The Knesset's Labor and Welfare Committee approved the wage-default bill Tuesday, ahead of its second and third Knesset readings. Should the new bill mature into a law it would make any delay in paying a worker's salary a felony punishable by up to six months in jail and NIS 35,000 (about $10,000) fine.
The committee also granted a request by the Histadrut Labor Federation, to include local and religious councils in the new regulations, in accordance with an agreement struck by the Histadrut, the Prime Minister's Office, the Justice and Industry, Trade and Labor ministries and Shas.
The committee, which debated the bill on Monday, refrained from voting on it then deeming it too harsh on local and religious councils, where the phenomenon of wage delays is unfortunately common. Nevertheless, and despite the fact that the bill's draft remained essentially unchanged, the committee voted in favor of the bill this morning.
According to the bill, the industry, trade and labor minister would be able to impose a $10,000 fine on any employer who defaults on paying wages, and increase the fine with any day that passes. In cases of recurring delays, the fine may double and the minister would also be able to file criminal charges against an employer who delays wages for over 90 days.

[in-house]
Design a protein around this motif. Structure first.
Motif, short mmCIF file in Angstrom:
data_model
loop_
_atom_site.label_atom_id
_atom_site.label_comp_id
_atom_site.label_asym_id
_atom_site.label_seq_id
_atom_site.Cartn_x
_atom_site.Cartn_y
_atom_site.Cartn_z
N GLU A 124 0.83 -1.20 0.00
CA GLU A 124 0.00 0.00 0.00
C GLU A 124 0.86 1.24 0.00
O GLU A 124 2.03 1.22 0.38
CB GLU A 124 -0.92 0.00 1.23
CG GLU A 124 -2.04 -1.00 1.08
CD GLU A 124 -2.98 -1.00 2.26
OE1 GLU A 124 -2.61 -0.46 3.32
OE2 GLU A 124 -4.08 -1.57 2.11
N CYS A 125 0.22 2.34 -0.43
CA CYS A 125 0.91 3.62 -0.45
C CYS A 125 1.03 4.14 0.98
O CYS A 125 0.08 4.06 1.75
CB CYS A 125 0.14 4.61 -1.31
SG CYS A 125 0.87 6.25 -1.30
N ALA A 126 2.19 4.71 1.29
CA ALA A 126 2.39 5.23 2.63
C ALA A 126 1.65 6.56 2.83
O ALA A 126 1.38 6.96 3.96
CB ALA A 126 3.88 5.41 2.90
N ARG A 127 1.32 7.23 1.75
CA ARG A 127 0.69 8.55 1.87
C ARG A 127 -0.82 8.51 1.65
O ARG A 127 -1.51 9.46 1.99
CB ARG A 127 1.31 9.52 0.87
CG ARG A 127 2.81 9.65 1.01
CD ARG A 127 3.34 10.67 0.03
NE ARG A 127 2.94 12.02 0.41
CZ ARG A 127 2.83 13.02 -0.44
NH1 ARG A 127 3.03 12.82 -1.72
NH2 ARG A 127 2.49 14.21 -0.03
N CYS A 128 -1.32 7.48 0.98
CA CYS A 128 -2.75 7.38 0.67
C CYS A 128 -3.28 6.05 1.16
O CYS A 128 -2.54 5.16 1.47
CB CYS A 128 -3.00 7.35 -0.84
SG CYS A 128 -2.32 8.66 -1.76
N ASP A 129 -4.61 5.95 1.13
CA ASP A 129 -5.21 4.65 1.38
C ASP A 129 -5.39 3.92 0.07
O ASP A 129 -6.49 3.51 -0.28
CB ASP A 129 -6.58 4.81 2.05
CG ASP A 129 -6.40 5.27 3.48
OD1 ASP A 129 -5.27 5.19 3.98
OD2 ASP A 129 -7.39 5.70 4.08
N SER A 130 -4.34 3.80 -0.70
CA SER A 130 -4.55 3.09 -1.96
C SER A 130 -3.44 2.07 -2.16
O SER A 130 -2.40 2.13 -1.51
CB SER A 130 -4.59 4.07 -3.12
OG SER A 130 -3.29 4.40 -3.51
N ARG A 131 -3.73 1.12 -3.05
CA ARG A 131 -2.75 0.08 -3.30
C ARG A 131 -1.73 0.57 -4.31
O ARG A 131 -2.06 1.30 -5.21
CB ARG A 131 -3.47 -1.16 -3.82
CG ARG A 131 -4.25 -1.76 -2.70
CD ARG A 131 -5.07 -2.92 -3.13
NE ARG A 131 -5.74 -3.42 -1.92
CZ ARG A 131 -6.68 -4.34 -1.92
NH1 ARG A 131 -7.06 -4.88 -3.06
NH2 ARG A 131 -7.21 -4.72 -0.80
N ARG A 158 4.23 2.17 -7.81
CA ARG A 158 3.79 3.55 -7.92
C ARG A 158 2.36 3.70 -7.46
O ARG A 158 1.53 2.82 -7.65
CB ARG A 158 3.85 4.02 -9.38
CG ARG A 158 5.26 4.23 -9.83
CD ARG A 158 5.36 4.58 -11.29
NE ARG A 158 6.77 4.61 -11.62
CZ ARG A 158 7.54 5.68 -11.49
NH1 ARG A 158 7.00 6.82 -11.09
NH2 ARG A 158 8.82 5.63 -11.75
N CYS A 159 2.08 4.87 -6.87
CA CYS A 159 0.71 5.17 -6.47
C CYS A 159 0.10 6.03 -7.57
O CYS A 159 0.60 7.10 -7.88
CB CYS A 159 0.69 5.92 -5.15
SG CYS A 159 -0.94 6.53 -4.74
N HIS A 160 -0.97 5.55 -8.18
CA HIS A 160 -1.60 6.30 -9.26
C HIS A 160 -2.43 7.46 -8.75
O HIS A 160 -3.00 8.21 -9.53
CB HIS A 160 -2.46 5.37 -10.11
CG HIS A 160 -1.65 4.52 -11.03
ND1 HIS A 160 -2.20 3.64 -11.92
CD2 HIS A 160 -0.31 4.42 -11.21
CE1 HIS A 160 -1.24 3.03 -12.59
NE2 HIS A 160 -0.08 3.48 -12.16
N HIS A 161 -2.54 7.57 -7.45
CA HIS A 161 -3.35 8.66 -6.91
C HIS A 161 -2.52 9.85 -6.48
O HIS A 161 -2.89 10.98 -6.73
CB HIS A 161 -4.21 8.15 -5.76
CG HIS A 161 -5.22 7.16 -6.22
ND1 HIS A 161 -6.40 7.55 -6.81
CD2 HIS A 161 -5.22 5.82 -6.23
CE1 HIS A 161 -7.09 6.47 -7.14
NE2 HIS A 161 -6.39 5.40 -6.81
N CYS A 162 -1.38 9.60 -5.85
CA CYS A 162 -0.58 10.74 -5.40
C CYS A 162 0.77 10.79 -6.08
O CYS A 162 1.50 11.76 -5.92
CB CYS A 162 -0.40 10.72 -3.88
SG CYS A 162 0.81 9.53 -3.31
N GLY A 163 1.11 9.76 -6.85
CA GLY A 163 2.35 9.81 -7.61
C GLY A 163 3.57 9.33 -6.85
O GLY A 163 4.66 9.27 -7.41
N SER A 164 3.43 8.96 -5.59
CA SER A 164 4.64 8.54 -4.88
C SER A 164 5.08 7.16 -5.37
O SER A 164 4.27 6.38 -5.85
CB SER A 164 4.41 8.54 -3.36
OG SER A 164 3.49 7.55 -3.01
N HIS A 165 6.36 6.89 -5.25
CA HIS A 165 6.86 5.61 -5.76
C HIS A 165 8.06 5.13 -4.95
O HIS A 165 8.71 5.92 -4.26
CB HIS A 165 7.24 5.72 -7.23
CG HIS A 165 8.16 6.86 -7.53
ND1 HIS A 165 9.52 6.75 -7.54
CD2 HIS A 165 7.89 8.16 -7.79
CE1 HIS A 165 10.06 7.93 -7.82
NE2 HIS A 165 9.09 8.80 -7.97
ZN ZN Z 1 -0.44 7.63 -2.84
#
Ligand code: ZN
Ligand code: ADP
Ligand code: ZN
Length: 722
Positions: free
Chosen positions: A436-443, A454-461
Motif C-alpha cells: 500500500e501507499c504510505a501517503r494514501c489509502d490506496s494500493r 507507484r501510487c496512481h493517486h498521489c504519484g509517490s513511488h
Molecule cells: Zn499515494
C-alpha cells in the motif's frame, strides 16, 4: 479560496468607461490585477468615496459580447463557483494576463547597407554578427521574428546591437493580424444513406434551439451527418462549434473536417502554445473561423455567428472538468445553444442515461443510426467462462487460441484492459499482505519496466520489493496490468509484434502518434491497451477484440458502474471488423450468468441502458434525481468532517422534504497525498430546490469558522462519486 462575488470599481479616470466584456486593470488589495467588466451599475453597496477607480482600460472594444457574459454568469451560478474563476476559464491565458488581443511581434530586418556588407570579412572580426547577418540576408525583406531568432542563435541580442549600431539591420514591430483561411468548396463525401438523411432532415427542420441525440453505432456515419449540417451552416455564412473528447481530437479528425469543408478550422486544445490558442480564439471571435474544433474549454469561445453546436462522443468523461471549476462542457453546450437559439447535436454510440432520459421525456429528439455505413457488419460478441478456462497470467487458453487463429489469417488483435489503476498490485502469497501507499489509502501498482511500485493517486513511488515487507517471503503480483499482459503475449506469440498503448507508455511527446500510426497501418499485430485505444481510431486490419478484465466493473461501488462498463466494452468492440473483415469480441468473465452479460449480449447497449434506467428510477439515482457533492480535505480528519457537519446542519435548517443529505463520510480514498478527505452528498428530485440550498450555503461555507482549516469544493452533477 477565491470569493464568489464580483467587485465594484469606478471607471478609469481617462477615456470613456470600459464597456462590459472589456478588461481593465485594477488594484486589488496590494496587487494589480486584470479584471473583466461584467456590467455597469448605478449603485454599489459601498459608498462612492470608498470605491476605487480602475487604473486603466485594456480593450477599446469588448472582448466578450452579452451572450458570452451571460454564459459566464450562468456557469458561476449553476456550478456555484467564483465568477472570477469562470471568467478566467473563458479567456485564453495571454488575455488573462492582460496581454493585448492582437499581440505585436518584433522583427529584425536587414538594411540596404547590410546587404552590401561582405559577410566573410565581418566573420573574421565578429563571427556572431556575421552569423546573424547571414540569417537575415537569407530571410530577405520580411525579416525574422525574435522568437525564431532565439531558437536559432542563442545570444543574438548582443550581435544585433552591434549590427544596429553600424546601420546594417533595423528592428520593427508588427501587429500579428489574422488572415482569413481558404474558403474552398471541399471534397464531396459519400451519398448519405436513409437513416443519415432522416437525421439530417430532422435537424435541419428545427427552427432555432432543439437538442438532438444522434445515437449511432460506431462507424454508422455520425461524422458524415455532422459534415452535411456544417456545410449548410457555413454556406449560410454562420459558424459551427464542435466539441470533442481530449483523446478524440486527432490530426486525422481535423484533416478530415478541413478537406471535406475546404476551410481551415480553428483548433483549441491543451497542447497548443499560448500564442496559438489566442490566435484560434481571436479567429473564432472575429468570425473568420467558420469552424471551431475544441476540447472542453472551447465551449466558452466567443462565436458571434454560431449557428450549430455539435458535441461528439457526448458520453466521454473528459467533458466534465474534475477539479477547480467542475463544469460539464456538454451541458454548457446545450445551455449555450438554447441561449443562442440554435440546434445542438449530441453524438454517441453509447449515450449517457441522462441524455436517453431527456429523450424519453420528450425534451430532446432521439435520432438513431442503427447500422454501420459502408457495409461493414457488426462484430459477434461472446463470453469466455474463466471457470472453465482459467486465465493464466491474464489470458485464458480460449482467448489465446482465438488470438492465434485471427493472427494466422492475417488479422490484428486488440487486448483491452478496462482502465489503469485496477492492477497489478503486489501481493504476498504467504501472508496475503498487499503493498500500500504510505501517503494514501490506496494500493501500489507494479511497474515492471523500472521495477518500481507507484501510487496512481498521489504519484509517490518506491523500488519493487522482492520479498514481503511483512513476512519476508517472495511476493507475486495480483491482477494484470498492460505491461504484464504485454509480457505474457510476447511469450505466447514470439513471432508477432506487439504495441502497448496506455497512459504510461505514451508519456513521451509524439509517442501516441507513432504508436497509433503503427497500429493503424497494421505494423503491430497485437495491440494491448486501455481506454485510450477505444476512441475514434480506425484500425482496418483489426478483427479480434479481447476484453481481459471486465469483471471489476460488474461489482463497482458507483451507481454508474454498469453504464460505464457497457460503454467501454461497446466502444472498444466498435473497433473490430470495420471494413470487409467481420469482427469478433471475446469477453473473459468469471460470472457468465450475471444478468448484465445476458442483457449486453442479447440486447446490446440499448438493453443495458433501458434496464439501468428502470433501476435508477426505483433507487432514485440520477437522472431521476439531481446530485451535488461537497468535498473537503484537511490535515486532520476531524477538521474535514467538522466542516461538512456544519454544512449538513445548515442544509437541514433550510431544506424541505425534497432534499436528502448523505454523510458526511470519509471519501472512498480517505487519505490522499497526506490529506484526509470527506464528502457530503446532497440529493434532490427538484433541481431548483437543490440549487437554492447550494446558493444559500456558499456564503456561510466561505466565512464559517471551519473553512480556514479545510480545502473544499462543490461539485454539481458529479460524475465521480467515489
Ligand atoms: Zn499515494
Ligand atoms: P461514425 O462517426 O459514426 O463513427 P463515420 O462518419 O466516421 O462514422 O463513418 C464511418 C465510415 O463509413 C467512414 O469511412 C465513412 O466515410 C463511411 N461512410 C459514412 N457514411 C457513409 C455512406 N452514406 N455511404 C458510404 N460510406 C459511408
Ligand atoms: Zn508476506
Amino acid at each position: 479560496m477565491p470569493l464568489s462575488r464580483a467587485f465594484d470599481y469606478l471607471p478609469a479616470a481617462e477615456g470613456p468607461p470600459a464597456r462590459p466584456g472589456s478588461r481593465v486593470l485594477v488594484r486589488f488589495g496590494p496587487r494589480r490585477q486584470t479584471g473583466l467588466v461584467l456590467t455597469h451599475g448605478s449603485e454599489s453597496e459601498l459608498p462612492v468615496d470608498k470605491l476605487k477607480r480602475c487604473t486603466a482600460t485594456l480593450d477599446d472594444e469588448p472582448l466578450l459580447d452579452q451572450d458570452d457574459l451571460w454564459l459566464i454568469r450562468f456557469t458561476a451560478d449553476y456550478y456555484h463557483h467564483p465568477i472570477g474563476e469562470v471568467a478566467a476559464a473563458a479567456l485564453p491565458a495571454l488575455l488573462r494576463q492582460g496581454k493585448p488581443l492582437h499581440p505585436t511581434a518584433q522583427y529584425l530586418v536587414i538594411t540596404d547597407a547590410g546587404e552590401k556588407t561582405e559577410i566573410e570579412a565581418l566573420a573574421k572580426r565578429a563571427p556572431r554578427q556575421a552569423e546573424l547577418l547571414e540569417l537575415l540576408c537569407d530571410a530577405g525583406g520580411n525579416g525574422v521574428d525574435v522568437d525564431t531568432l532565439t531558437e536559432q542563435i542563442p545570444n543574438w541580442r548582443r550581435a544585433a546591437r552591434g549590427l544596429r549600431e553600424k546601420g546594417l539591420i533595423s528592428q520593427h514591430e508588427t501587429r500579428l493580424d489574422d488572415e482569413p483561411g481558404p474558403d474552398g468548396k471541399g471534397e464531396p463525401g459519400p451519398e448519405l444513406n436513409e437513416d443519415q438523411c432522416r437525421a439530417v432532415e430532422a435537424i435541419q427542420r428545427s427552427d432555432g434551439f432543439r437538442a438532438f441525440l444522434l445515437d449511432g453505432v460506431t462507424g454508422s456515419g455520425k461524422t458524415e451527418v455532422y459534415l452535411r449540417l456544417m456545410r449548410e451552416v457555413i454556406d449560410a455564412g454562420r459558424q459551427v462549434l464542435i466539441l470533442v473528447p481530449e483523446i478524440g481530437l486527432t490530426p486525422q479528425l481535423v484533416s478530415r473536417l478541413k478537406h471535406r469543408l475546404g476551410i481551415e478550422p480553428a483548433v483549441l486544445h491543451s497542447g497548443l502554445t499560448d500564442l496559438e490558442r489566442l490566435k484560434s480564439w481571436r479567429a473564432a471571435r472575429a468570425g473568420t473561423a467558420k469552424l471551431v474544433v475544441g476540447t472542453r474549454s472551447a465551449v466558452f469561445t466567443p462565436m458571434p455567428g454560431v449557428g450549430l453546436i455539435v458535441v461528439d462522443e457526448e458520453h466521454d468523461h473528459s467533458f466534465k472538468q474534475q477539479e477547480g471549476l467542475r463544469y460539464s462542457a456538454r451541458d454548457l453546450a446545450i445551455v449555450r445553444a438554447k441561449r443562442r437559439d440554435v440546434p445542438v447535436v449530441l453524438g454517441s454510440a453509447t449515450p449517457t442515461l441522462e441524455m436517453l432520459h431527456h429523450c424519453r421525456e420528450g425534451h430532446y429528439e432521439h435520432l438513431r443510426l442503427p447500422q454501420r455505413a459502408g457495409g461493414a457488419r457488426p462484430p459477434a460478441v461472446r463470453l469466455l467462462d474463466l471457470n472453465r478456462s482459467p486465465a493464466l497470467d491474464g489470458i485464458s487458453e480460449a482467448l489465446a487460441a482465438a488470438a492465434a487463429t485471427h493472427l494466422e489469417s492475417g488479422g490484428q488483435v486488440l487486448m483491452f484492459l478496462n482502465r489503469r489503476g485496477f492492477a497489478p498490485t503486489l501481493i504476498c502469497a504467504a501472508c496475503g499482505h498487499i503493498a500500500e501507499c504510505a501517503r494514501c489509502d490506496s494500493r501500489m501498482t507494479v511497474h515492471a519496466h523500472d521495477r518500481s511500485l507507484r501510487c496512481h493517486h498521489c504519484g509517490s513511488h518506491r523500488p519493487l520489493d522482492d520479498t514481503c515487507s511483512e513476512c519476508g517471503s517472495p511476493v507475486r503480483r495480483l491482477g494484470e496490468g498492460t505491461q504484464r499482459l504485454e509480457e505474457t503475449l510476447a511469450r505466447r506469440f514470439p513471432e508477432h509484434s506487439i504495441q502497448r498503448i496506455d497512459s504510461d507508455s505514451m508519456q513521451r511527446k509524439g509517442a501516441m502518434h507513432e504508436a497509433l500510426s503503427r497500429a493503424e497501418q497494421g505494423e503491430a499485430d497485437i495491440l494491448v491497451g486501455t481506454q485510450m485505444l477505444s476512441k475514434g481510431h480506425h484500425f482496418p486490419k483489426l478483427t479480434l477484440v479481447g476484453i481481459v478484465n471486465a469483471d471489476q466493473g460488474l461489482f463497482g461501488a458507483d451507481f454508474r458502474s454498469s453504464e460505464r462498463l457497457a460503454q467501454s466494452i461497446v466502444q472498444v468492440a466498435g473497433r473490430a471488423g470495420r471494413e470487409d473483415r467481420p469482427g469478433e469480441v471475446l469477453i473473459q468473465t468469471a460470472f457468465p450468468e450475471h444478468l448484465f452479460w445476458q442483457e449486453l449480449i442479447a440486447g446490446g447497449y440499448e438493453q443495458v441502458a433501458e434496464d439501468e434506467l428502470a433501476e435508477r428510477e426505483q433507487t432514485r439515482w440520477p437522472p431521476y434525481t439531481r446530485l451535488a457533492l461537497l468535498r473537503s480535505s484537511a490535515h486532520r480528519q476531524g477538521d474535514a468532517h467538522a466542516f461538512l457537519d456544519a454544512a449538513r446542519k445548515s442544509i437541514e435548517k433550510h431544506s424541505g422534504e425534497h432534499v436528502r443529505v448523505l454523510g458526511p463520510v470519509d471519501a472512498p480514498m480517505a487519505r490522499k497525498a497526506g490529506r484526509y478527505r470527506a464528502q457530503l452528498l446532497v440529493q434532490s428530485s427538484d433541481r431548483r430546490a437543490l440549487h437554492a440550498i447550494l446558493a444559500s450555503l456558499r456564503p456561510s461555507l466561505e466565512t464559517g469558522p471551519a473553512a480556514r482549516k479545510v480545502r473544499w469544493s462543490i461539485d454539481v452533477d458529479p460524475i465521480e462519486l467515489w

Should criminal charges be filed, the court would be able to sentence such an employer to up to six months in jail.
The bill also states that if an employer is able to prove that the wage delay was caused by reasons beyond his control, the minister would have the option not to press charges. Any criminal procedure taken against an employer will not, however, infringe on an employee's rights to seek restitution via the Labor Court.
The Histadrut said that it hopes the new sanctions would contribute to curbing wage delays both in the private and public sectors.
The wage-default bill is the last of 12 legislative amendments proposed by the Histadrut and will take effect not later than a year after new Labor Law amendments, calling for increased enforcement of labor regulations take effect. The Knesset is set to vote on the new enforcement amendments within the next few weeks.